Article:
Has there been any feedback from the players on how the new turf at Rogers Centre is affecting them health-wise compared to previous incarnations?
-- Billy D.
It's still a little early to make any final determinations on the turf, but the early reports have been encouraging. The original hope was that a softer surface would create less wear and tear on the players, and there are quite a few guys who believe that to be the case so far.
Toronto's recent road trip to Tropicana Field provided a good comparison, and there was a noticeable difference between the two artificial surfaces. Tampa Bay's turf feels hard and doesn't offer much give. Rogers Centre has more of a soft -- almost spongy -- surface and feels quite a bit better to walk on.
The effect of Toronto's turf is something we'll know more about later this season, after the club goes through multiple homestands. In theory, though, the softer surface should be easier on players' legs and joints, and while the Blue Jays have dealt with a lot of injuries this season, the turf hasn't really played a role in any of them. It's not natural grass, but it's an improvement.
Taking away the Marcus Stroman injury, would you have made the J.A. Happ-for-Michael Saunders trade? Saunders hasn't done much, and Happ has pitched at least six innings in all of his starts and has had one bad outing.
-- Tyson, Calgary, Alberta
At the time of the December trade, I thought this was one of the most underrated moves of the Blue Jays' offseason. It was one of those rare trades -- like Anthony Gose for Devon Travis -- that seemed to fill an immediate need for both teams, and Toronto had a glaring hole in left with Melky Cabrera on the way out.
Stroman's injury certainly changed my opinion on the need for a guy like Happ, but it was rather evident last year that Happ was unlikely to return. The $6.7 million option on his contract was too much when the Blue Jays could go with less expensive internal options and spend that money on a position player instead.
It may be easy to rush to judgment after Happ's fast start in 2015, but let's give this one a little more time. Saunders sustained a freak injury through no fault of his own during Spring Training, and he's still in the process of working his way back from major left knee surgery. There were a lot of reasons to like Saunders before, and it might not be long before there are reasons to like him again.
There has been a lot of media coverage about the Blue Jays playing with injuries this season. What's your take?
-- Cameron M., Winnipeg, Manitoba
Everybody is different, but there are lots of players who compete through pain and injuries all the time. In most cases, it comes down to pain tolerance and whether there's a risk of making the injury worse.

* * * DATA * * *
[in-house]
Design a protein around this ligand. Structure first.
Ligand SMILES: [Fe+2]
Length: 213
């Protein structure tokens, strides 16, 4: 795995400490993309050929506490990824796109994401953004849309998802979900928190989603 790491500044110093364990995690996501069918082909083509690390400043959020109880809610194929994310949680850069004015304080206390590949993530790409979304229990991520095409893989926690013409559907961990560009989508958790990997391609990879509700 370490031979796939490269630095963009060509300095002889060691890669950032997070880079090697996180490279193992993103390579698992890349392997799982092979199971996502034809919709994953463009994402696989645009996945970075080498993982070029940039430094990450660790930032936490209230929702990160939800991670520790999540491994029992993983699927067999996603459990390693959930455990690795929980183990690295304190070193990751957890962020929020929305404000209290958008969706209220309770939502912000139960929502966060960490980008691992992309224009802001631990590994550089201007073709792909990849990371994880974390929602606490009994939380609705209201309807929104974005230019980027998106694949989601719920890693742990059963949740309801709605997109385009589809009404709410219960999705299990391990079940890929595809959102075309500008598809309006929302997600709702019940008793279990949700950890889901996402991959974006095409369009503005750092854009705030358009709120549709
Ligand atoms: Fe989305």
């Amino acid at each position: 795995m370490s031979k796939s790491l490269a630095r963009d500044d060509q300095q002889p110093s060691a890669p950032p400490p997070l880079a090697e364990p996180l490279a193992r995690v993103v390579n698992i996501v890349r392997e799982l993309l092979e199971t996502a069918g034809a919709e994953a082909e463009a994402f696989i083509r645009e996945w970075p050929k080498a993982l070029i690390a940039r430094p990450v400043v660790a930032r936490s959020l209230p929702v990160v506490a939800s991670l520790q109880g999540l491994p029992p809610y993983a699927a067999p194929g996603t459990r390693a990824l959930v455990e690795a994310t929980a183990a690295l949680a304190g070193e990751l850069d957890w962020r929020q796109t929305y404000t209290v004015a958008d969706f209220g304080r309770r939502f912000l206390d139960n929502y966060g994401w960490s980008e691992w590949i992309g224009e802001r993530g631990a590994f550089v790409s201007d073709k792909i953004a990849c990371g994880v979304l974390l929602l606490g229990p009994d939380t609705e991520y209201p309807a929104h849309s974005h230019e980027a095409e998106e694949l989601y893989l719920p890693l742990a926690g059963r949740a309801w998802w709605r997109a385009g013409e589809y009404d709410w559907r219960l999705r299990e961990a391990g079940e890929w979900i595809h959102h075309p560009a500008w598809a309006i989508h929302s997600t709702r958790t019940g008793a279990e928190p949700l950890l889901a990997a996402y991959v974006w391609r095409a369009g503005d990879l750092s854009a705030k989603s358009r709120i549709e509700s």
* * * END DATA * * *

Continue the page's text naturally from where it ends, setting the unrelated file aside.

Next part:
Jose Bautista's strained right shoulder stopped him from throwing, but it doesn't cause as many issues at the plate. He has been told that the injury can still heal if he's limited to serving as the designated hitter, and the Blue Jays would obviously prefer to avoid losing his presence in the lineup.
Jose Reyes also tried to play through a cracked rib, but it just didn't work out as well. Hitting exclusively from the right side isn't something he was used to doing, and while diving around on the field didn't make the injury worse, it definitely didn't help speed up his recovery. In Reyes' case, an adjustment had to be made, and he ended up on the DL. Reyes played hurt last year, too, so this season isn't really any different.
With all of the Blue Jays' recent roster moves and injuries to key players, is there any cause for concern? Does general manager Alex Anthopoulos have any deals in mind to help until things sort themselves out?
-- Adam C., Mississauga, Ontario
Anthopoulos was asked earlier this week about the possibility of making trades, and he admitted this isn't really the time of year that can happen. He believes that most teams don't seriously entertain trade talks until after the First-Year Player Draft in June. By that time, GMs have more of a true read on what kind of team they have and the amateur scouting season slows down.
In other words, don't expect major changes any time soon. The waiver wire is an option, but other than that, the Blue Jays will look to improve with their internal candidates. Hopefully, that means eventually settling on a relatively stable 25-man roster, because the constant shuffling of personnel takes its toll in the clubhouse and with Triple-A Buffalo. Injuries and performance can make that impossible, but stability is ideal.
How long do you think Daniel Norris and Miguel Castro will remain in Buffalo to sort themselves out? When Castro comes back, will it be as a reliever or starter?
It's impossible to give a definitive timeline, but the easy answer is that both pitchers control their own fate. If Norris pitches well, he could be back within a few starts. Before that happens, though, he'll need to refine his secondary pitches and prove that the dead-arm phase affecting him is no longer an issue. There's a spot waiting for him.
Castro's situation is kind of similar. If he puts up good numbers in Buffalo, it probably won't be too long before he's back. A mental break from the Majors is probably a good thing, because Castro was hit pretty hard toward the end of his stint in Toronto, and that can take its toll. He's starting in Buffalo, but when he does return later this year, it will be as a reliever.